The President’s Daughter by Ellen Emerson White

I’ve been looking forward to getting this book ever since I featured it in my Want Books meme. Oh gosh, was it only just last month that I posted about these books? It feels longer! I was so excited to get this one by special order from Fully Booked for P460. It’s not that cheap, I know. But not bad for a trade paperback of a book that isn’t locally available. Both Michelle and Angie have been recommending these books for the longest time and I’m glad I finally got copies.

Here’s the summary from Ellen Emerson White’s website:

Sixteen-year-old Meghan Powers likes her life just the way it is. She likes living in Massachusetts. She likes her school. And she has plenty of friends. But all that is about to change, because Meg’s mother, one of the most prestigious senators in the country, is running for President. And she’s going to win. Now Meg and her whole family have moved to Washington, D.C. to live in their new house – the White House. Meg and her brother are being escorted to school by Secret Service agents, and reporters won’t leave them alone. Meg’s tired of being in the national spotlight. But how can she tell her mother she hates being the President’s daughter?

I know the premise isn’t that new – there have been several stories about daughters of US presidents before, although probably more in movies than in novels. This one is different because the presidential parent is a woman. I found Meg very believable as a character. She’s smart, snarky, has a great sense of humor and tries to act like her mom running for president is no biggie. As if things aren’t hard enough for her, she looks exactly like her mom. Although it’s obvious based on the title that her mom will win the position, the first half of the book deals with the campaign trail and how a well-respected senator fought to become the first female president of the United States. I admit that a lot of the political talk went way over my head. You all know that I live in the Philippines and we have a different political system from the US. Even though the political events and processes were explained in detail, I was still a bit lost. Also, we’ve had two women presidents over here so it’s that not big of a deal compared to the US.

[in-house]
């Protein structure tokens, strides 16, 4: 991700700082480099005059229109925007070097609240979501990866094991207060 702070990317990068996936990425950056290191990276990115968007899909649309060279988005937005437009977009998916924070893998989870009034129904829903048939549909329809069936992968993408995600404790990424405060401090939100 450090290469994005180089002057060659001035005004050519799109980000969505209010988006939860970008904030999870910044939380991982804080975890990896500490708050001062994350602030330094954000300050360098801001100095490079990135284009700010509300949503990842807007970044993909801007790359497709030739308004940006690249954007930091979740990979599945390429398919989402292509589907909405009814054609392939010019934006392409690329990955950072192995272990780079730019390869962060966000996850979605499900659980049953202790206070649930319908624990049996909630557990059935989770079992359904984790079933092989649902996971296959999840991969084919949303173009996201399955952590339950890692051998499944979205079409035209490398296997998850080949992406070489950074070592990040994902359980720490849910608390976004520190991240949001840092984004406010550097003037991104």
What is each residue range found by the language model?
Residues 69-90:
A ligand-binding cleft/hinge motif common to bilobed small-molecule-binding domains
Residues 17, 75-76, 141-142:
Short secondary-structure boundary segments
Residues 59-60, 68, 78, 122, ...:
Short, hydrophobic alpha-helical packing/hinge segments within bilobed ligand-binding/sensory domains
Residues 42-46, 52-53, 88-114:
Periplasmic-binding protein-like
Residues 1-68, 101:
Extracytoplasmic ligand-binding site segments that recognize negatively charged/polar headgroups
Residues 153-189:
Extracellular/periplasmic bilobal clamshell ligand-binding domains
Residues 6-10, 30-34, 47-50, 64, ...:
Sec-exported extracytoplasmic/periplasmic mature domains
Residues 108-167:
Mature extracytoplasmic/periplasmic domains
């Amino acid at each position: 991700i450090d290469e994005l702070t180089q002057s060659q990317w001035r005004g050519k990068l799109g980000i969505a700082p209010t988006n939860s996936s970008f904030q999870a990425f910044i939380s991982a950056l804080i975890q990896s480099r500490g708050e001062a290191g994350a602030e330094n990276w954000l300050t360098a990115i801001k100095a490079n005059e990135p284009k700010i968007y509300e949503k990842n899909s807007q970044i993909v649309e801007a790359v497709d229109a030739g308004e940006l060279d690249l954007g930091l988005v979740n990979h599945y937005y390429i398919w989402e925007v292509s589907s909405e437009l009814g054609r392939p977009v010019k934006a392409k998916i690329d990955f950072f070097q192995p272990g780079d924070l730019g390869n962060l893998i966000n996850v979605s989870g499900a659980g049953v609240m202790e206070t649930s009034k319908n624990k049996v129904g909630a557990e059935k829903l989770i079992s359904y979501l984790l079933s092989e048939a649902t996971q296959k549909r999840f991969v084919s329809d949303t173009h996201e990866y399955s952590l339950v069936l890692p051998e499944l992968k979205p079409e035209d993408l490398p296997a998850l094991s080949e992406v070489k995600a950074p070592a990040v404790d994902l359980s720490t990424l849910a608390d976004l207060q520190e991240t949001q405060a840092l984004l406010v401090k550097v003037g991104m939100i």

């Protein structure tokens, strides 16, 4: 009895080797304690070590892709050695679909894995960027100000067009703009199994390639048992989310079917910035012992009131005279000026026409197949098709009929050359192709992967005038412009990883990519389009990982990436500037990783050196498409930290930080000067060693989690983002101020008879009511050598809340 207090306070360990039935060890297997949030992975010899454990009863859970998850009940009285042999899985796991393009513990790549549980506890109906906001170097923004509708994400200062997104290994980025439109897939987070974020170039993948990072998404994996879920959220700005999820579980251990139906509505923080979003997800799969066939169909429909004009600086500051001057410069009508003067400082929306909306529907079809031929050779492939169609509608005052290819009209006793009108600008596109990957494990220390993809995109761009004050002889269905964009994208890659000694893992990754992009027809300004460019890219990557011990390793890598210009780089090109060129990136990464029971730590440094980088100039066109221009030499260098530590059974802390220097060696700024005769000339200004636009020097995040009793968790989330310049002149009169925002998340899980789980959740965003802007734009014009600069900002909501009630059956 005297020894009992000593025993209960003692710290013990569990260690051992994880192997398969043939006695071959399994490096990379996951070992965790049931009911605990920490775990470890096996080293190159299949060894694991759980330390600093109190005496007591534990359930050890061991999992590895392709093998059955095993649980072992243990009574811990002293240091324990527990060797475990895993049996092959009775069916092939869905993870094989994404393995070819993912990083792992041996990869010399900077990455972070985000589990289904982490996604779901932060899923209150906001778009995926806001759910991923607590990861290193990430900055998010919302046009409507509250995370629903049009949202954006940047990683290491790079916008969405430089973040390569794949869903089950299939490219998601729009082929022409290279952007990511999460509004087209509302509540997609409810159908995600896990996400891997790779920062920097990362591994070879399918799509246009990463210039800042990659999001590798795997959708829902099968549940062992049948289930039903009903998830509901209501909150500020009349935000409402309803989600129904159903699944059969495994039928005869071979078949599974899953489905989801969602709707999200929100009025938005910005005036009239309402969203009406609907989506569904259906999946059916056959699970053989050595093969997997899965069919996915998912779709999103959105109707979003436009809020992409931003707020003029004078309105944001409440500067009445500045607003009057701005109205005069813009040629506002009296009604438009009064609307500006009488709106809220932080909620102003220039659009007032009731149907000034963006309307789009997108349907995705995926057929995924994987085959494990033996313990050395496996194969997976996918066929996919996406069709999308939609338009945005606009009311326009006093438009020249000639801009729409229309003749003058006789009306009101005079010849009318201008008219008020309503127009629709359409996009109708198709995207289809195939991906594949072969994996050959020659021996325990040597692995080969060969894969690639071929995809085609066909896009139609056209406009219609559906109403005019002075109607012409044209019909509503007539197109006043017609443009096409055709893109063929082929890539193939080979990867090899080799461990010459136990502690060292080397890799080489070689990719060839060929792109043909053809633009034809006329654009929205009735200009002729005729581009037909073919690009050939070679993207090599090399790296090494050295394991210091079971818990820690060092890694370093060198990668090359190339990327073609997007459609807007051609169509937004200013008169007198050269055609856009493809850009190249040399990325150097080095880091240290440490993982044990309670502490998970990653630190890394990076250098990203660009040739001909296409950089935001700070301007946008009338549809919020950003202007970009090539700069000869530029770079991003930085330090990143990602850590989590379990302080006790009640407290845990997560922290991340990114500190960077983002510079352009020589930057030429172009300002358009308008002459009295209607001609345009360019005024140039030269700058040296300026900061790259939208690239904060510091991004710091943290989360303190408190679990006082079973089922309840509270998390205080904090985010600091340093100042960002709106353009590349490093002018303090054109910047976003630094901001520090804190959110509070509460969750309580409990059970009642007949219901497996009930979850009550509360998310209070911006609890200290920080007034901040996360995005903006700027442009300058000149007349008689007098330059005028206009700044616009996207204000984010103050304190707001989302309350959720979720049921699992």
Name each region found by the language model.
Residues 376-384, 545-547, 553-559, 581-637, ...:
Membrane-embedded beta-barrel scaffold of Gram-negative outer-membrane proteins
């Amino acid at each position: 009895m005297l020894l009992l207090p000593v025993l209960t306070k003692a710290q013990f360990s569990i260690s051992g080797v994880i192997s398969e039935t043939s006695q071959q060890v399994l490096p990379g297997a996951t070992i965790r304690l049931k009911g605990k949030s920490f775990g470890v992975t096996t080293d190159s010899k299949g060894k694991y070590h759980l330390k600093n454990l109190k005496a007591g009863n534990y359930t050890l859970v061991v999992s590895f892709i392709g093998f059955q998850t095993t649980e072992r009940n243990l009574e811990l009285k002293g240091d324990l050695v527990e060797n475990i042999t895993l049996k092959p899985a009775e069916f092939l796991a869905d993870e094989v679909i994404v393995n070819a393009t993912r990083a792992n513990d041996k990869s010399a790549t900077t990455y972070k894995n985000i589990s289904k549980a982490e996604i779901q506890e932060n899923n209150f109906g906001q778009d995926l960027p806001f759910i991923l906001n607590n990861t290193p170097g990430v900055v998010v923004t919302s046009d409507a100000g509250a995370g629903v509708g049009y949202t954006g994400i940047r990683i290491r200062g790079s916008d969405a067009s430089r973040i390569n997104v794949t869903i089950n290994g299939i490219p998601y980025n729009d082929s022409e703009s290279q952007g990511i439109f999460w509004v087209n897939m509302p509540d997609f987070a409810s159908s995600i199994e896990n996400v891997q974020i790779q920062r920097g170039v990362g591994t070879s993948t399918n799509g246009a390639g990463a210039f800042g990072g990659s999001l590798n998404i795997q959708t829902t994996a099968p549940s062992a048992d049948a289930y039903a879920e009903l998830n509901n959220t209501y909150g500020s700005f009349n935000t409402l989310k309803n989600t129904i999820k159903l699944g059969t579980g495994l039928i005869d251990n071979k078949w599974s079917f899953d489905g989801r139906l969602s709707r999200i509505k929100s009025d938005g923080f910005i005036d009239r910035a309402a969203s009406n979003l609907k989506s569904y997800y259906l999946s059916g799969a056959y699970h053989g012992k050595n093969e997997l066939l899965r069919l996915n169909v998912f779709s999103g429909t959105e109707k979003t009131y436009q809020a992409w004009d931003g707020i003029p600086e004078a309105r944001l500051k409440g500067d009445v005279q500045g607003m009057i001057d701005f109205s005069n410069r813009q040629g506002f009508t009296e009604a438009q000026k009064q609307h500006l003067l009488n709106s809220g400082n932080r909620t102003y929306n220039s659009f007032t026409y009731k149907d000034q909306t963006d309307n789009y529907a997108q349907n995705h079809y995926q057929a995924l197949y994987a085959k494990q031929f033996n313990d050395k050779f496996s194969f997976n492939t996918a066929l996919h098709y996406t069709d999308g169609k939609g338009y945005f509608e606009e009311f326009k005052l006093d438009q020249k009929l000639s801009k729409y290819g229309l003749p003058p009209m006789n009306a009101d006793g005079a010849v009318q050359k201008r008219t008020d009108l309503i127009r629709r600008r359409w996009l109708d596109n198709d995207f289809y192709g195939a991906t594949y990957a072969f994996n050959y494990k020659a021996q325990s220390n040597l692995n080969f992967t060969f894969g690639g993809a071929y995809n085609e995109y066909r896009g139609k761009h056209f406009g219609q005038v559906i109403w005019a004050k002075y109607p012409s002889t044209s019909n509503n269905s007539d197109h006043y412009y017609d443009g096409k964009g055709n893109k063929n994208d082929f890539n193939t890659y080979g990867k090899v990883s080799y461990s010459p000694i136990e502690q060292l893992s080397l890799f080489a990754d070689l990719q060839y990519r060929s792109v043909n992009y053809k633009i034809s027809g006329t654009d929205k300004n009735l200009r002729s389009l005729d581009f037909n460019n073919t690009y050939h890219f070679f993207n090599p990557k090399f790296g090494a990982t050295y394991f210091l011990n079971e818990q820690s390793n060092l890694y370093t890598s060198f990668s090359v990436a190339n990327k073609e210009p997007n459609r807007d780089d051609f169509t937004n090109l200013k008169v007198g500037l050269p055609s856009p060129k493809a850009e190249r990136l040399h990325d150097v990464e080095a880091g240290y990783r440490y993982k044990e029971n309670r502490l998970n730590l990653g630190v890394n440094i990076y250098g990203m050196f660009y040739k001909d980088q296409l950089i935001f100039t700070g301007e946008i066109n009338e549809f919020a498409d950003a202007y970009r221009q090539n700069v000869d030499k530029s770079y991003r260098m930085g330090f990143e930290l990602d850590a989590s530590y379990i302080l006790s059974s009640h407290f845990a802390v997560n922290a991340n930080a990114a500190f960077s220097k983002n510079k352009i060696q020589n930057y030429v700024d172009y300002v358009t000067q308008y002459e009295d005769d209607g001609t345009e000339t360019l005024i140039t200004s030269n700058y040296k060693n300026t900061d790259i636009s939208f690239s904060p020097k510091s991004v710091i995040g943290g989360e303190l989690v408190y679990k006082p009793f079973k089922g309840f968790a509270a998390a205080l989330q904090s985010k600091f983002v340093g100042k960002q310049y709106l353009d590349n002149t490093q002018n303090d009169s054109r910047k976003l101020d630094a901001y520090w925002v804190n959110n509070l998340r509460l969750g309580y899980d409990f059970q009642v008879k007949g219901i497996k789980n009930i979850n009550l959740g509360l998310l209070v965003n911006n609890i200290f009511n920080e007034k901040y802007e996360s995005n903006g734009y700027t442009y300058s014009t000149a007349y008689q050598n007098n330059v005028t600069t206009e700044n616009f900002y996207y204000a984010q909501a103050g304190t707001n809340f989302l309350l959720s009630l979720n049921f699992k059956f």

The book focuses on Meg and her family and how they adjust their lives according to her mother’s profession. I liked Meg’s family – her mom, dad and her brothers Steven and Neal. It’s understandable that the dynamics of the family changes according to Mrs. Powers’ political career. I found the characters endearing, each of them vulnerable in their own way. Since I’m a fan of humor, I kept noticing how it’s natural for the entire family (except for Neal because he’s only six) to constantly joke around. Even though I liked the characters, I had a pretty lukewarm reaction to the book as a whole. Aside from having problems understanding the US political situation being depicted, I also kept waiting for something big to happen and nothing turned up. I don’t know why but I was expecting a climactic event. I’m still planning to read the other books in the series because I already have them. I have a feeling that they’ll be more exciting than this one based on the book summaries.

Shout out to Michelle and Angie, I feel bad that I didn’t fall in love with this one because I know how much you both love the series. 😦

Other reviews: (manually generated)
Book Harbinger
See Michelle Read
A Chair, a Fireplace and a Tea Cozy
Bookshelves of Doom